To allow for greater consistency of reporting, the NDRS decided to create a lookup table of HM capable of transforming using guidelines developed by Gavin et al which offer additional coding parameters to the rules defined in the Haemacare manual4. Here, transformations events were defined using the International Classification of Disease Oncology (ICD-O) 3rd edition, first revision5 and mapped back to ICD-O-2 descriptions of disease for patients diagnosed between 1995 and 2012, so that lower-grade / indolent diseases (slow growing) where the time to transformation can be measured in decades can included in our analysis.

To account for variation in the recording of diagnosis dates, which can be the date the diagnosis was confirm at multi-disciplinary team meetings or signed off by the senior pathologist, a transformation event can be recorded up to 31 days before the precursor condition, or any time afterwards.

In order to provide a reliable haematolgoical time series, cases pre-2018 that would now be registered as transformation events were identified and removed from the primary haematological malignancy time series.

Transformations are identified in one of two ways:

  1. Imputed from a pair of primary tumours (for diagnoses pre-2018)
  2. Extracted from the ENCORE Transformations table (for diagnoses post-2018)

Pairs of primary tumours that suggest a transformation event were identified by following the transformation rules specified in the National Cancer Registration and Analysis Service (NCRAS) Haematology guidance. These rules come from Gavin et al., (2015) and are available in the table in the Appendix. If a single patient has a pair of tumours defined as a transformation by Gavin et al., (2015) the first one is assumed to be the primary tumour and the second is included as a transformation. The two most common types of transformation are those to acute myeloid leukaemia and diffuse large B-cell lymphoma.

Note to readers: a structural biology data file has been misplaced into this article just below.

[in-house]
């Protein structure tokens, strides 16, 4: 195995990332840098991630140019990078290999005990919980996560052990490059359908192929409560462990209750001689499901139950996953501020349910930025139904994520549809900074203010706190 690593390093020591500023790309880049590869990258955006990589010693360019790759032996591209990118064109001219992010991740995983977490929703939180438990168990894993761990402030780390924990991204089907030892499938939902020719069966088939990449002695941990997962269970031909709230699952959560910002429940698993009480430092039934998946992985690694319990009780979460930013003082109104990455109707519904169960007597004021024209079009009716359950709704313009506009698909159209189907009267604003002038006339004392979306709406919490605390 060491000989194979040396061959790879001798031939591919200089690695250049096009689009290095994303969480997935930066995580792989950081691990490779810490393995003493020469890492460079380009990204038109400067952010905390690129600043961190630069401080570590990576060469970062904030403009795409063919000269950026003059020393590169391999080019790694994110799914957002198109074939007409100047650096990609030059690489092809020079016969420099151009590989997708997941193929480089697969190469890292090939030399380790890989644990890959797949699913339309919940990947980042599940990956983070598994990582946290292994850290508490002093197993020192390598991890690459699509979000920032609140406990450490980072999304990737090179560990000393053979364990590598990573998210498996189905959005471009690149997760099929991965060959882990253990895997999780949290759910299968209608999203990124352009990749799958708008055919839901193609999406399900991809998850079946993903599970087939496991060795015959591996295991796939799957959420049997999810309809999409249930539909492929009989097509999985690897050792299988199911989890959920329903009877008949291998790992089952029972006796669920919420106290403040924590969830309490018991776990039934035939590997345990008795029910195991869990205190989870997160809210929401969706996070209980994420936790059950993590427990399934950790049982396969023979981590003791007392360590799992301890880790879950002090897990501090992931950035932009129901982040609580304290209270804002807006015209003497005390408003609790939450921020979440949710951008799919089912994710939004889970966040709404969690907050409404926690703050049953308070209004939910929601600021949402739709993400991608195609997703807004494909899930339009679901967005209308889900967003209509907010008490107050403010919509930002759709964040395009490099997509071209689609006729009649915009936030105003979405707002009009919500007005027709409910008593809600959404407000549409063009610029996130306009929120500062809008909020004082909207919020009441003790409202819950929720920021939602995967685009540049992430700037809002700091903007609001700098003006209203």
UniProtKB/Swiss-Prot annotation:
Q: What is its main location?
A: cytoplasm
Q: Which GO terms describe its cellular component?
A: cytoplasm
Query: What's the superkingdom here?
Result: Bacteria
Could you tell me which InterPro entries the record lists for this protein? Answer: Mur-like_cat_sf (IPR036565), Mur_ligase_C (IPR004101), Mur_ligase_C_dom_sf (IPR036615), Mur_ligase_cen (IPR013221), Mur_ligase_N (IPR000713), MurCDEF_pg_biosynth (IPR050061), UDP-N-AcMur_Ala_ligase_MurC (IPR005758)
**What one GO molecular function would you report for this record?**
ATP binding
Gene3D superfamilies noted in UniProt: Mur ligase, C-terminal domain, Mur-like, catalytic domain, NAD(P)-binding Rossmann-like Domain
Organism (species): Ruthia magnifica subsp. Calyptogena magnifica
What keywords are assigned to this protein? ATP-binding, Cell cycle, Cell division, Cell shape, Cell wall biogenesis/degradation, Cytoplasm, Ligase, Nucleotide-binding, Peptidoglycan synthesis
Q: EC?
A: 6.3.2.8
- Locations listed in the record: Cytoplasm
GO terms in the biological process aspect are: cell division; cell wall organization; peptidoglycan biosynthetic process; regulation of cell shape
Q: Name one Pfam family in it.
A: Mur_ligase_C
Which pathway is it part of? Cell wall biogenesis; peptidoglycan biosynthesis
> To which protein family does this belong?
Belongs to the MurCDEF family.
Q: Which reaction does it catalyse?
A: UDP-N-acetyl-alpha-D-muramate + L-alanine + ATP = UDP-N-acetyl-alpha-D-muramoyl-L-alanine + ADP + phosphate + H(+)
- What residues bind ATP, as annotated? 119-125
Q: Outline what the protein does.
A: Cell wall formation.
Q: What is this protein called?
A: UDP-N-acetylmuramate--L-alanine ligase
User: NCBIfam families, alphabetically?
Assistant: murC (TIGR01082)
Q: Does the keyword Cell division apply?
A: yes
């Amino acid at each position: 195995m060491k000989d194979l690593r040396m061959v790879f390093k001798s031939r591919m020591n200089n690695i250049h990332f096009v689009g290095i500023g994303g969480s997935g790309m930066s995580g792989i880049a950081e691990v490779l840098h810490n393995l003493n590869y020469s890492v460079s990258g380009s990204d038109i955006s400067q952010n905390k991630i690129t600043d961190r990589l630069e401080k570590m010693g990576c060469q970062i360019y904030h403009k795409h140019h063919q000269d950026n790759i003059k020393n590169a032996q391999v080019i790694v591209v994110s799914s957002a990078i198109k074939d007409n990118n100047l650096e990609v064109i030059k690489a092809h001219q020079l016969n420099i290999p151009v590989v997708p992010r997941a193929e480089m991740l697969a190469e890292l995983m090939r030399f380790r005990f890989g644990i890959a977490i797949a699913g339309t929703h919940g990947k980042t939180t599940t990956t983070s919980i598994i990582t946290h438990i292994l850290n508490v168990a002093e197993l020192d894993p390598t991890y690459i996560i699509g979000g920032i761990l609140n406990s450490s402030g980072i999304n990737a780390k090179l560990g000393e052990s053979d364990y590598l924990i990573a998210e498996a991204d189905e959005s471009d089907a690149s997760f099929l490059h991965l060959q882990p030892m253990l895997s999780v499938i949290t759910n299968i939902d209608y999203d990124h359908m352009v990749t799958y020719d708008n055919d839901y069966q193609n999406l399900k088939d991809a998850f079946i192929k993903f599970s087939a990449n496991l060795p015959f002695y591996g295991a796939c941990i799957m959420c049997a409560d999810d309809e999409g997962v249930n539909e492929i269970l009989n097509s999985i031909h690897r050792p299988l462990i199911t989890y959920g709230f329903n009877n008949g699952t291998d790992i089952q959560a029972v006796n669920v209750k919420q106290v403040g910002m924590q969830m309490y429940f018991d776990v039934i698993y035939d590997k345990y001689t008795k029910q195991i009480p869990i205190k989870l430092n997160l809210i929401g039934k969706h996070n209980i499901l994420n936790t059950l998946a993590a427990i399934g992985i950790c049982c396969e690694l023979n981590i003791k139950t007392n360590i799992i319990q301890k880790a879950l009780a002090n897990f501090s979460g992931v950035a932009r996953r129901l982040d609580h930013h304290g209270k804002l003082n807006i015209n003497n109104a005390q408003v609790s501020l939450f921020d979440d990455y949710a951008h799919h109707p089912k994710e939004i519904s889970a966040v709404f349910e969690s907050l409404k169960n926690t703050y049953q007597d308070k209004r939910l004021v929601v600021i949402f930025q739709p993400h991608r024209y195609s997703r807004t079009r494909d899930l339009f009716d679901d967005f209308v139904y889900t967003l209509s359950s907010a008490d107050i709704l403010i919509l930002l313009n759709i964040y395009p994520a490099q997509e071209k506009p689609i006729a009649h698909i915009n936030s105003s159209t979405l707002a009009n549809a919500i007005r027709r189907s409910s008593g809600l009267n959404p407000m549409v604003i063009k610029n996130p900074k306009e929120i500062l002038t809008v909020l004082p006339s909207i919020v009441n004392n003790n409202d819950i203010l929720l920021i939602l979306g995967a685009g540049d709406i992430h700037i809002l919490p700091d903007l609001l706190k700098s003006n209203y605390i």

For more information on the different transformation events, see the “Haematological Malignancy Descriptions.pdf” document which can be found in the data releases table on the main technical page. The groupings for the haematological malignancy transformations cohort are summarised below.


The cohort is first split by the year of diagnosis of the transformation tumour.

Tumour Type 1

Haematological malignancy transformations were then partitioned by the resulting tumour type, post transformation. This was based on morphology and behaviour as coded in ICD-O-3 and split into:

Tumour Type 2

These transformation subgroups were then split into the types of tumour that they originated from.

Acute myeloid leukaemia (AML) is partitioned into:

Diffuse large B-cell lymphoma (DLBCL), Hodgkin, and other high grade is partitioned into:

These classifications are made on ICD-O-3 morphology and behaviour following the Get Data Out haematological malignancy Tumour Types (as defined in the Haematological malignancies grouping document).

The ‘Other transformations’ Tumour Type 1 group was not partitioned further due to small numbers.


Transformation events based on Gavin et al., 2015. ICD-O-2 and ICD-O-3 morphology and behaviour codes for precursor and transformation tumours